The ad featured the message: “We believe no matter who you are, where you’re from, who you love or who you worship, we all belong. The world is more beautiful the more you accept.”
The campaign looks to be a jab at US President Donald Trump’s controversial executive order banning refugees from select Middle East countries.
Thanks to this clever commercial, antioxidant infused drink, Bai, has piqued the interest of many. The ad first showed Christopher Walken reciting the lyrics of 90s boyband group NSync’s song, “Bye Bye Bye.” The video then revealed Justin Timberlake, the band’s star alumnus, sitting across the actor.
Now that’s one masterfully crafted 30-second bit.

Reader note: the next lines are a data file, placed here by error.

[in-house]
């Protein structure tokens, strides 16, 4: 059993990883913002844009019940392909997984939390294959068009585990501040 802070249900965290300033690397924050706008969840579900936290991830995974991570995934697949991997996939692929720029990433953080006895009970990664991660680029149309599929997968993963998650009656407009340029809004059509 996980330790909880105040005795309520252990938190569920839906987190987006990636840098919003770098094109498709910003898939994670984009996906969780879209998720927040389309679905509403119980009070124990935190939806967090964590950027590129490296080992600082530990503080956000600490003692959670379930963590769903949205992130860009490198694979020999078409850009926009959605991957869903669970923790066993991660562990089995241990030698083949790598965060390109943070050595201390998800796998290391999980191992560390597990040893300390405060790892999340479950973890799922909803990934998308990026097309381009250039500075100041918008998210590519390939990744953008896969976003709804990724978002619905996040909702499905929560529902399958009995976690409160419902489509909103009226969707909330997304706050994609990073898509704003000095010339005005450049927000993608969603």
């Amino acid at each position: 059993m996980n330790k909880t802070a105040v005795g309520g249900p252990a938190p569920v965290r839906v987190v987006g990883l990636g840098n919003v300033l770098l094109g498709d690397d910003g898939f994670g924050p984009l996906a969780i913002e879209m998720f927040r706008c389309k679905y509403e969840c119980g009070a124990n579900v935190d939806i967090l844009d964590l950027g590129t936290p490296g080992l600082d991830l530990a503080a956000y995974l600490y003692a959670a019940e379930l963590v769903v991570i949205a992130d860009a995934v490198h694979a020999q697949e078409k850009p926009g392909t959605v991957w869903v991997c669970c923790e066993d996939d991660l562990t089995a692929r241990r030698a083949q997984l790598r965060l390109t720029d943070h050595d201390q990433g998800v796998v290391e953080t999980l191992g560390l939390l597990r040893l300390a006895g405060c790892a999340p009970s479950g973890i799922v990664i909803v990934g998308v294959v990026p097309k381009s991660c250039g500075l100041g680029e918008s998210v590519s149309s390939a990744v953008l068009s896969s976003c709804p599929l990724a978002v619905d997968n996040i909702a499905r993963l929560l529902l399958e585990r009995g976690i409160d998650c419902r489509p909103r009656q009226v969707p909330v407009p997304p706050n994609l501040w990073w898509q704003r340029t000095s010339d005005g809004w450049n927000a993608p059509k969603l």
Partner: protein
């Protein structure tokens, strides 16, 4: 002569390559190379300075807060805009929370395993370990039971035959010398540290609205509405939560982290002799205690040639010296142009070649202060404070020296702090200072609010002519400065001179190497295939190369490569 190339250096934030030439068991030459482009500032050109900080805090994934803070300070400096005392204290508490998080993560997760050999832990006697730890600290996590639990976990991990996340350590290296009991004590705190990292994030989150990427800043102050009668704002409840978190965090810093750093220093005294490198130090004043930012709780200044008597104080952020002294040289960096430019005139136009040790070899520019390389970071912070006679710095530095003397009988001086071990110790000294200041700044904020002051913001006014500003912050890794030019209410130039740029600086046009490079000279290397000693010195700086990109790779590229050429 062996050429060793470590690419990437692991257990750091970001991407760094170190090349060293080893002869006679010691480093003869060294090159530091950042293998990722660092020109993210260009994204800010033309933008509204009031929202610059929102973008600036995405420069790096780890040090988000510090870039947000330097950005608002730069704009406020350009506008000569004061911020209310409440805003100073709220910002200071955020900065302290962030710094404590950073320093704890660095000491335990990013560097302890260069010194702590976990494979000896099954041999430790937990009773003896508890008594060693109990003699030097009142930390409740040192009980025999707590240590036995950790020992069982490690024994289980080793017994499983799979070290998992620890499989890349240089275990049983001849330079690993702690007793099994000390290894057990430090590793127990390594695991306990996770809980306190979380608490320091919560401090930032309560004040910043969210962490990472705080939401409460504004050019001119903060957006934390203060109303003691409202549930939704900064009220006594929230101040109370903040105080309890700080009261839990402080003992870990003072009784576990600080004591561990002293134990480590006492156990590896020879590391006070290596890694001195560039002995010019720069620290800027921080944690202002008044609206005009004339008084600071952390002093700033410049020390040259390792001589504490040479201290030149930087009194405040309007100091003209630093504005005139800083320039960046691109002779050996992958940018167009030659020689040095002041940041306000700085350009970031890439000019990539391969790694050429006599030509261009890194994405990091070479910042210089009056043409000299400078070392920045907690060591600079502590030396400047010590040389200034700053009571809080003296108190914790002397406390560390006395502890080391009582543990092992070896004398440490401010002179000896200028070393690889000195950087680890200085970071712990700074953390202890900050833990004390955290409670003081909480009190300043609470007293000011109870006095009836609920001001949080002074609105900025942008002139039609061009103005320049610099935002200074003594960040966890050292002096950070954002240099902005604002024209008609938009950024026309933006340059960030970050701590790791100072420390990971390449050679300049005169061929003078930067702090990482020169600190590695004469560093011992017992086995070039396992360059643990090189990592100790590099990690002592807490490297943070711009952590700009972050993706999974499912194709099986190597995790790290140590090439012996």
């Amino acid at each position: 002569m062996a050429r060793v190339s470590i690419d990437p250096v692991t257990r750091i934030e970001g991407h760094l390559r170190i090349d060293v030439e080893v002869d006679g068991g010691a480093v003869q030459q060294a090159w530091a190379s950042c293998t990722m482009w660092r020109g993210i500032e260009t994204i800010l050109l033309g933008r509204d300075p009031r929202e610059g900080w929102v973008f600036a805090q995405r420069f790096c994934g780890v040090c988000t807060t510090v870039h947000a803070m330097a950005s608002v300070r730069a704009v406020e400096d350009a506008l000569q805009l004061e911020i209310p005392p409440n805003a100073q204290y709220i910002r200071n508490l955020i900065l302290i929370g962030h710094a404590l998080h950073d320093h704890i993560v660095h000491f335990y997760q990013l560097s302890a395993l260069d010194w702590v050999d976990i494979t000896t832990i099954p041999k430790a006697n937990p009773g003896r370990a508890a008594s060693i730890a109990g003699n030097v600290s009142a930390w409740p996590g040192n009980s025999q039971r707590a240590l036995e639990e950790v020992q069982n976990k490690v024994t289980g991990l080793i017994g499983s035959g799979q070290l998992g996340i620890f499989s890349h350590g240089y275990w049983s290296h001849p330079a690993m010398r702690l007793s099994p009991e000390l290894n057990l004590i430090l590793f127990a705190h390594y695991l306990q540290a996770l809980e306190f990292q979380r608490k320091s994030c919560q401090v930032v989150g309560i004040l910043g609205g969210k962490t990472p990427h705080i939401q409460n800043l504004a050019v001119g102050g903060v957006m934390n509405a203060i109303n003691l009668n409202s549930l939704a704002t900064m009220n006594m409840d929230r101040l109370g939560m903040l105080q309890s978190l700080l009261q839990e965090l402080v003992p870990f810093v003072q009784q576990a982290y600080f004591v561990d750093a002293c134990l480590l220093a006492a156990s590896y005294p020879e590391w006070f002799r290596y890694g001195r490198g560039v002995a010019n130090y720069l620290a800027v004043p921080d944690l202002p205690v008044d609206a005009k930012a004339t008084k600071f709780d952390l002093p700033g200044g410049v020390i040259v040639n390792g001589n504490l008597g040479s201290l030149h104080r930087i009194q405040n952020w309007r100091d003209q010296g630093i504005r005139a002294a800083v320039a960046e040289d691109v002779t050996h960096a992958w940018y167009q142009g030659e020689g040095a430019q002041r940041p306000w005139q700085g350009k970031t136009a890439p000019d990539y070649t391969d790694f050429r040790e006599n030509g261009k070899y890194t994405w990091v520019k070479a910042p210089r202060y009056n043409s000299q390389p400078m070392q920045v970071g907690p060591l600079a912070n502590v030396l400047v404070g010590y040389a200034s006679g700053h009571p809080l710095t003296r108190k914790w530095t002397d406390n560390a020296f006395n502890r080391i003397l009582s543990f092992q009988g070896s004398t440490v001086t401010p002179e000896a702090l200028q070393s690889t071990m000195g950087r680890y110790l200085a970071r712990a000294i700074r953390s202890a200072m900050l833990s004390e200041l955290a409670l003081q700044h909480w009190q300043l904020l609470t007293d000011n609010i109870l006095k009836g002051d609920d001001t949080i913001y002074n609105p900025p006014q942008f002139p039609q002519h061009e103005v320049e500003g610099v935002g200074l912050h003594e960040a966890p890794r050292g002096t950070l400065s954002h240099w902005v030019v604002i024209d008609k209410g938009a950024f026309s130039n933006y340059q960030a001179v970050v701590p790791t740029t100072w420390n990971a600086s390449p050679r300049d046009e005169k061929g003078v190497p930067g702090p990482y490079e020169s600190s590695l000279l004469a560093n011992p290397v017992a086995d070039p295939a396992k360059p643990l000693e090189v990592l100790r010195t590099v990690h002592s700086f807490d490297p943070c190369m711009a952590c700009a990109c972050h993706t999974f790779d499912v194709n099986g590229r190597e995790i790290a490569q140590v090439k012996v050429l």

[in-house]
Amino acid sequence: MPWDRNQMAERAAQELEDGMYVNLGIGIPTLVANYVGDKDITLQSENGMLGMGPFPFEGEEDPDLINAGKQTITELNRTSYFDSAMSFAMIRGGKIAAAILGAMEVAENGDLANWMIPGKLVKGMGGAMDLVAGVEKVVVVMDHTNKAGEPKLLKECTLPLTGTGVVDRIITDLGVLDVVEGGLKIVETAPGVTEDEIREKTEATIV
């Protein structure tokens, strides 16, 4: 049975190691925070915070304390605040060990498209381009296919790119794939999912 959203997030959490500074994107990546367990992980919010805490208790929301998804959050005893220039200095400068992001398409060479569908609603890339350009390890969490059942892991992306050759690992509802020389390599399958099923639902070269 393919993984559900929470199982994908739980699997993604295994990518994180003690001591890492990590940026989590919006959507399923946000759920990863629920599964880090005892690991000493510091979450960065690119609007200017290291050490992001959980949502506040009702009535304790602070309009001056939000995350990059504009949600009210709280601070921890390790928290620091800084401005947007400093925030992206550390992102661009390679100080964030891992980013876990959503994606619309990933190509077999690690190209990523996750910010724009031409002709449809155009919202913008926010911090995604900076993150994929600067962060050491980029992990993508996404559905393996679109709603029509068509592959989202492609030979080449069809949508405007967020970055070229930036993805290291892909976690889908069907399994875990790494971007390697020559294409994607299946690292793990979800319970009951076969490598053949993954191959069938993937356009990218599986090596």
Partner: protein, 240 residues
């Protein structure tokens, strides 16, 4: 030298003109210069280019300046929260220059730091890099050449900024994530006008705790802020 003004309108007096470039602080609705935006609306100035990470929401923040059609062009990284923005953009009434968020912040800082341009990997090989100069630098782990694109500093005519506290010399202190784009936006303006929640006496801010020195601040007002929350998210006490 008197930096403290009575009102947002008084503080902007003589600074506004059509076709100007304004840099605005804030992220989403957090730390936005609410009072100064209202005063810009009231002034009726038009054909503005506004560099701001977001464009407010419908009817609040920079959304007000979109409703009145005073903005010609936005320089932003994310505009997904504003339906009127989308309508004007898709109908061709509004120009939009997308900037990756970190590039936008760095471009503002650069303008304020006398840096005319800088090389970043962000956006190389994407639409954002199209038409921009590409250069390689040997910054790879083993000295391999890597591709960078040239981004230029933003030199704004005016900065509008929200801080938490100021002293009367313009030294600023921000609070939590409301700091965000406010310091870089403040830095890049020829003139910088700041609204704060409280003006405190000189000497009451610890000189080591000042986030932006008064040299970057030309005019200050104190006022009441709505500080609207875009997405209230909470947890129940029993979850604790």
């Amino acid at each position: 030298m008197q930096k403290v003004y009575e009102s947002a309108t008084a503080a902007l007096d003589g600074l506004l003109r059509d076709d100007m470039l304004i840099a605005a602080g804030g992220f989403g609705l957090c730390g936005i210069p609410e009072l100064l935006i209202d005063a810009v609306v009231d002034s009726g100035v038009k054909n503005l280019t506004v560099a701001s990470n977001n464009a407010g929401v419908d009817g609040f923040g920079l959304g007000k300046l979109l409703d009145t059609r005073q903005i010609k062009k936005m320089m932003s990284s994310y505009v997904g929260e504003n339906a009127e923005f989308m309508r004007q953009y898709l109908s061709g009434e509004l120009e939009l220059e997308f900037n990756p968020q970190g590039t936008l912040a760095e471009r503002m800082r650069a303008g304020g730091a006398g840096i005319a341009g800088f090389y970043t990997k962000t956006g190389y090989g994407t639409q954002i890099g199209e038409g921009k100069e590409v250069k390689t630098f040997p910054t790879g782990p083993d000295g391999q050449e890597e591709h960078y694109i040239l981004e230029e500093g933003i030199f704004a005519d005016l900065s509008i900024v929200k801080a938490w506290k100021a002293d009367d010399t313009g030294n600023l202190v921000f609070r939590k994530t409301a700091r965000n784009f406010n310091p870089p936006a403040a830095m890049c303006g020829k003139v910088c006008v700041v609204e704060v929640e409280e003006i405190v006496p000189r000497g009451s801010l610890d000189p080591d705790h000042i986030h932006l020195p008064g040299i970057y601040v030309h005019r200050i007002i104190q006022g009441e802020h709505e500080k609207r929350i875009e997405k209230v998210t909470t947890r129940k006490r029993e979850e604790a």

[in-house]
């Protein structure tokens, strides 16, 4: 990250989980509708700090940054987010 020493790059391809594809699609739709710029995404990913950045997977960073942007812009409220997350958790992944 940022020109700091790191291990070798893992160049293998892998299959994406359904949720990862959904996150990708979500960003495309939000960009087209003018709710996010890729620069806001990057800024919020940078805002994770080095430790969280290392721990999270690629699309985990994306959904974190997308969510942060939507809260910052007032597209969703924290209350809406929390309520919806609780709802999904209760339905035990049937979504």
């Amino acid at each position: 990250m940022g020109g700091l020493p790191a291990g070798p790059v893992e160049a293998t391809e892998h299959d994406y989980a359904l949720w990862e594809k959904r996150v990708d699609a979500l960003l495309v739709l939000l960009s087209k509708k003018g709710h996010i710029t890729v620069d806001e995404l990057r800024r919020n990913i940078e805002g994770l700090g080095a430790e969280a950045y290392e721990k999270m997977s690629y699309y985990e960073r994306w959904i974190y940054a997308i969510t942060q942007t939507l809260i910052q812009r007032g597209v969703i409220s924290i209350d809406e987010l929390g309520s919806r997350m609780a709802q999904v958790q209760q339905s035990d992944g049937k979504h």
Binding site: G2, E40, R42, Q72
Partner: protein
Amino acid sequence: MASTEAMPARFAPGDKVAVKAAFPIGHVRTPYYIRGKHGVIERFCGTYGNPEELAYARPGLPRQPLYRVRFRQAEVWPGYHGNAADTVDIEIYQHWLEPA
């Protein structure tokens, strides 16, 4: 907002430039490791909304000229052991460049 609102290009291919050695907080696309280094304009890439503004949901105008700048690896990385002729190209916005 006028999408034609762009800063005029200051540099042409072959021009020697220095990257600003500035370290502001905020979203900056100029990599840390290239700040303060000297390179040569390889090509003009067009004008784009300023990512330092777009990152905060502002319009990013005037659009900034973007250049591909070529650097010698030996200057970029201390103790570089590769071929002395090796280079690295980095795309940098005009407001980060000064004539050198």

As a sleek car company, Lexus stays true to its reputation with its Super Bowl 51 commercial titled “Man and Machine.” The ad, which isn’t too wow-worthy, features dancer Lil Buck showing off his moves around a 2017 Lexus LC model to Sia’s song “Move Your Body.” After a minute of dancing, a woman’s voice—which happens to be Minnie Driver's—introduces the new model.
Wix is participating in its third Super Bowl this year, revealing an action-packed ad that takes place in a restaurant called Chez Felix. While a man (played by Jason Statham) and a woman (played by Gal Gadot) seem to be causing havoc in the restaurant, the owner, Felix, is completely oblivious because he’s too focused on putting together his Wix website.